She was unfamiliar with the singer, but a couple of days later, the buddy called and informed me that the girlfriend had looked up Carly on the internet; she was none too pleased with my comparison.

But, wasn’t Carly simply one of the sexiest women of the ’70s? I mean, I was ten when Nobody Does It Better, the theme song from the James Bond flick The Spy Who Loved Me, was a hit and I’d figured that out.

Foreigner – Cold As Ice
from Foreigner (1977)

Foreigner’s debut album makes me think of Lynn, the older brother of one of our friends from the neighborhood, who resembled a young Axl Rose and drove a black Trans-Am, tearing through the neighborhood with Foreigner blaring from the eight-track player.

Though the group received little love from critics, Foreigner put out some great songs, peaking with the mega-selling Foreigner 4 in ’81.

The dramatic Cold As Ice has all of the things – a nifty balance between guitar and keyboards, soaring vocals, and immediately memorable choruses – that made Foreigner a high school staple.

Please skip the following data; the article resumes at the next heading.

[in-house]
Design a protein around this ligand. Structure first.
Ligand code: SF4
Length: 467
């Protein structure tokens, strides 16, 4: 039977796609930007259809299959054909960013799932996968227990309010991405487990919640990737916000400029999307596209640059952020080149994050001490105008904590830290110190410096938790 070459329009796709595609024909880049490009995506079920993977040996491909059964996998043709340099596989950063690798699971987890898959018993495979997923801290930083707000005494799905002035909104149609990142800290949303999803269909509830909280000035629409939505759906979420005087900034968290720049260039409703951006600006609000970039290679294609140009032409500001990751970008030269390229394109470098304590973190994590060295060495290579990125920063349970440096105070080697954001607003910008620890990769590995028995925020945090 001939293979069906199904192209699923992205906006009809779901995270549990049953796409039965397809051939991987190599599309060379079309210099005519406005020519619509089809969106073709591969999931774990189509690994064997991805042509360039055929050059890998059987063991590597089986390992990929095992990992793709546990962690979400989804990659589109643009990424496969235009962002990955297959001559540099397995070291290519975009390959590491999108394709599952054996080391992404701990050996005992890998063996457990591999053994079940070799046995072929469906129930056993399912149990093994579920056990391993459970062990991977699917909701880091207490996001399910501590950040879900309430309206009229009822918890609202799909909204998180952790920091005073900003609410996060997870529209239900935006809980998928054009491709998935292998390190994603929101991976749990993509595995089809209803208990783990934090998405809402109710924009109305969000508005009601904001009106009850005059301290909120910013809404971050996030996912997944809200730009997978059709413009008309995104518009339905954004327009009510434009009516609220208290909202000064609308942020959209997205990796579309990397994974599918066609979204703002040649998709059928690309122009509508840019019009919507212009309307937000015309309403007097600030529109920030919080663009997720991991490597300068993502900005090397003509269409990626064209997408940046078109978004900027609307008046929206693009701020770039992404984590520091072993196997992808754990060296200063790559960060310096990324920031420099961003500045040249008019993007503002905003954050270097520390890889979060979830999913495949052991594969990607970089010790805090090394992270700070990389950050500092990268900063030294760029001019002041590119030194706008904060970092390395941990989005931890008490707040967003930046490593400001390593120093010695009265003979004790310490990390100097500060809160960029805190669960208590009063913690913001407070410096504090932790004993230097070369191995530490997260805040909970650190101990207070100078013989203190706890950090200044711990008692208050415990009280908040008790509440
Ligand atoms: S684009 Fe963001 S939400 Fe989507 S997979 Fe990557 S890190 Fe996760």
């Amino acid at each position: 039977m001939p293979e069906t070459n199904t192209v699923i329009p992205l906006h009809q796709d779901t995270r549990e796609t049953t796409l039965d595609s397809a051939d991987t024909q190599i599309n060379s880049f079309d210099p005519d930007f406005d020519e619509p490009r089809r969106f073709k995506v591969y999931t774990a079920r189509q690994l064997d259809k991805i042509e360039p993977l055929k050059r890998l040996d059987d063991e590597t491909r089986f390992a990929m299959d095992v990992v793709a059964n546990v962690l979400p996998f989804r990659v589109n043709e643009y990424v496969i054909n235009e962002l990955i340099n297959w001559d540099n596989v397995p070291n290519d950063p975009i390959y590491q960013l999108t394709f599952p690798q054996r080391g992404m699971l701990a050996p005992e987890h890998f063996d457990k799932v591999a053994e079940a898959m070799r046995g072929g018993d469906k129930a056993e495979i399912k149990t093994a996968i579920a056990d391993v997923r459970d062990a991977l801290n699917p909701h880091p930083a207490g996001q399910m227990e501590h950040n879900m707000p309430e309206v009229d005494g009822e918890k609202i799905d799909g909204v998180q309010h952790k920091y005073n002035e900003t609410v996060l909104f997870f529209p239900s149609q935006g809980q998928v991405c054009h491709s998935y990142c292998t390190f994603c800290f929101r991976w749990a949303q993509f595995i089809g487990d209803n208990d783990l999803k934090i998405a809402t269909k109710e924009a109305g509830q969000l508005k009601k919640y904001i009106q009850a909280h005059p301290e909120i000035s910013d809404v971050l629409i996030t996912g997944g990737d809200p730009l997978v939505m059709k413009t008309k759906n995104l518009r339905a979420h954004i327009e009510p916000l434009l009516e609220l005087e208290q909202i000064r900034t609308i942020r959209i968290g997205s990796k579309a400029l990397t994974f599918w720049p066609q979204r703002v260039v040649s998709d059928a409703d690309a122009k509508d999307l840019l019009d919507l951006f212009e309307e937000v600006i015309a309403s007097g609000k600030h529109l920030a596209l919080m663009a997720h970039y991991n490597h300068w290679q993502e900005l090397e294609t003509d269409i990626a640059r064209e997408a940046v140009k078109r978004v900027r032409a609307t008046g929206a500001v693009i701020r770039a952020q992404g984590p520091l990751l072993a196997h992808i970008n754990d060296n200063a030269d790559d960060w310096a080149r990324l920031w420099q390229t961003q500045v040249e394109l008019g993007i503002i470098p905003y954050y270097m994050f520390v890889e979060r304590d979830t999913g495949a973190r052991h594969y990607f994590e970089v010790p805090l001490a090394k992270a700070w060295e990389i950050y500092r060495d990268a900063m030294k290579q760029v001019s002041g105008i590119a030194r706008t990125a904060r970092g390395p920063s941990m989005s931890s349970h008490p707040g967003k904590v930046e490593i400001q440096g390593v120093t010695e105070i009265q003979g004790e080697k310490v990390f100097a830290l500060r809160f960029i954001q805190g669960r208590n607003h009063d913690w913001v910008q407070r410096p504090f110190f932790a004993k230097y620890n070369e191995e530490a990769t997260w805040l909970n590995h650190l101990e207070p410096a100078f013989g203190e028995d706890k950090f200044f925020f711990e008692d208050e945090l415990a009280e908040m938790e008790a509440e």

Paul Simon – Slip Slidin’ Away
from Negotiations And Love Songs 1971-1986 (1988)

In 1977, about the only thing I knew about Paul Simon is that I had seen him on television and I thought that he looked like an older, distant cousin of mine.

I quite liked the laid-back and resigned Slip Slidin’ Away when it would come on the radio, but it would be several more years before I began to learn of Simon’s place in pop music culture and his classic work with Art Garfunkel.

Steve Miller Band – Swingtown
from Greatest Hits (1978)

Even before I was really into music, I knew a lot of Steve Miller songs from his hits in ‘70s. Fly Like An Eagle, Jet Airliner, and Take The Money And Run were always playing over the public pool’s sound system.

Personally, I much preferred Swingtown which was a staple on the jukebox in the bowling alley during the winter of ’77 where my friends and I would spend Saturday afternoons.


The Drive-In

July 27, 2010